Matthew D Weitzman

The Children's Hospital of Philadelphia, Filadelfia, Pennsylvania, United States

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Publications (87)817.84 Total impact

  • Daphne C. Avgousti · Matthew D. Weitzman
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    ABSTRACT: Stress-induced reactivation of latent herpesviruses requires disabling of repression, but the mechanism for converting silenced chromatin into an active state is unknown. In this issue of Cell Host & Microbe, Cliffe et al. (2015) suggest a methyl/phospho switch on histone H3 overcomes repression to facilitate reactivation of latent herpes simplex virus type 1 (HSV-1).
    No preview · Article · Dec 2015 · Cell host & microbe

  • No preview · Article · Aug 2015 · Cancer Research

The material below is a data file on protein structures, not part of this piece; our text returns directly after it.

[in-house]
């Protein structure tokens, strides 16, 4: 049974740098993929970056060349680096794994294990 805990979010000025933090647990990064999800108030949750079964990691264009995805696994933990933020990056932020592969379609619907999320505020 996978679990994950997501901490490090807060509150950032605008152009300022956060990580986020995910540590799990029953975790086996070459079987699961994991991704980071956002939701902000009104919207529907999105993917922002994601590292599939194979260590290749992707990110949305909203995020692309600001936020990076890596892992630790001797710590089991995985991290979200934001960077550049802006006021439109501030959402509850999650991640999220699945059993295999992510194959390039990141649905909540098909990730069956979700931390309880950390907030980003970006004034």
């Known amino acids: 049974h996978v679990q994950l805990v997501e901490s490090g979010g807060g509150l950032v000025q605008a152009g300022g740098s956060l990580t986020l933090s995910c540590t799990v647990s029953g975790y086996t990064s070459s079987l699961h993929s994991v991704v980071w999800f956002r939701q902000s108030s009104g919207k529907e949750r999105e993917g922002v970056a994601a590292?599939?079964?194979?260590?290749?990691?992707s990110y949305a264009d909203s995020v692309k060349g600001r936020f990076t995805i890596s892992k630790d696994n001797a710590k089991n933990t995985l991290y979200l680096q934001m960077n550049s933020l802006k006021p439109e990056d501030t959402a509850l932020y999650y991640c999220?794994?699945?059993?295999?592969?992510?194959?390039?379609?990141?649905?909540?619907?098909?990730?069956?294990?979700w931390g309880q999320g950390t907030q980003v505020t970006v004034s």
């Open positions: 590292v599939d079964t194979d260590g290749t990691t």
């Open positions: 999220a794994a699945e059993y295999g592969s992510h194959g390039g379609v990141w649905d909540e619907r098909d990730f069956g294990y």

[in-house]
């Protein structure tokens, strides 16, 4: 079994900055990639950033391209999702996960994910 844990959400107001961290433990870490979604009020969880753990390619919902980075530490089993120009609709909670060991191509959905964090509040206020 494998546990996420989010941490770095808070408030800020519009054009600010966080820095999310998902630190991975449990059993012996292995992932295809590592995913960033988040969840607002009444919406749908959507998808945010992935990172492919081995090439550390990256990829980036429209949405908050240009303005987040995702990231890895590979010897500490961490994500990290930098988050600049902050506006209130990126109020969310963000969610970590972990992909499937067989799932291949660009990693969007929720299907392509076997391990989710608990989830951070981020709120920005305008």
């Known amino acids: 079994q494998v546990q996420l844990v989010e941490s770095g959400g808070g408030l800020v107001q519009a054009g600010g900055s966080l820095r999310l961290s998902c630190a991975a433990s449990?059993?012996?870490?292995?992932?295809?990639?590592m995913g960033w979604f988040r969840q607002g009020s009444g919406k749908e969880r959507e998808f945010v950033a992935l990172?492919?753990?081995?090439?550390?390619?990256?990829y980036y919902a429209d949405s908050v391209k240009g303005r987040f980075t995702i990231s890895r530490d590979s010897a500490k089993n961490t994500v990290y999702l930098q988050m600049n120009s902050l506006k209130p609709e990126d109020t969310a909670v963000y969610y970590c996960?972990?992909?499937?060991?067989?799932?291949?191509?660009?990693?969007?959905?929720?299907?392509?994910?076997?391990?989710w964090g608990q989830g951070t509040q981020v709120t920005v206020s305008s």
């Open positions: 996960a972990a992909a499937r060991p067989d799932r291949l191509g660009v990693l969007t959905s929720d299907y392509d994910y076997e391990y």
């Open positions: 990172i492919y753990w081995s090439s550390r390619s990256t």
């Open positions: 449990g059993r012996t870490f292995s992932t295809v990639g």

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    ABSTRACT: Viruses are obligate intracellular parasites that necessarily rely on hijacking cellular resources to produce viral progeny. The success of viral infection requires manipulation of host chromatin in order to activate genes useful for production of viral proteins as well as suppress antiviral responses. Host chromatin manipulation on a global level is likely reliant on modulation of post-translational modifications (PTMs) on histone proteins. Mass spectrometry (MS) is a powerful tool to quantify and identify novel histone PTMs, beyond the limitations of site-specific antibodies. Here, we employ MS to investigate global changes in histone PTM relative abundance in human cells during infection with adenovirus. Our method reveals several changes in histone PTM patterns during infection. We propose that this method can be used to uncover global changes in histone PTM patterns that are universally modulated by viruses to take over the cell. Copyright © 2015. Published by Elsevier Inc.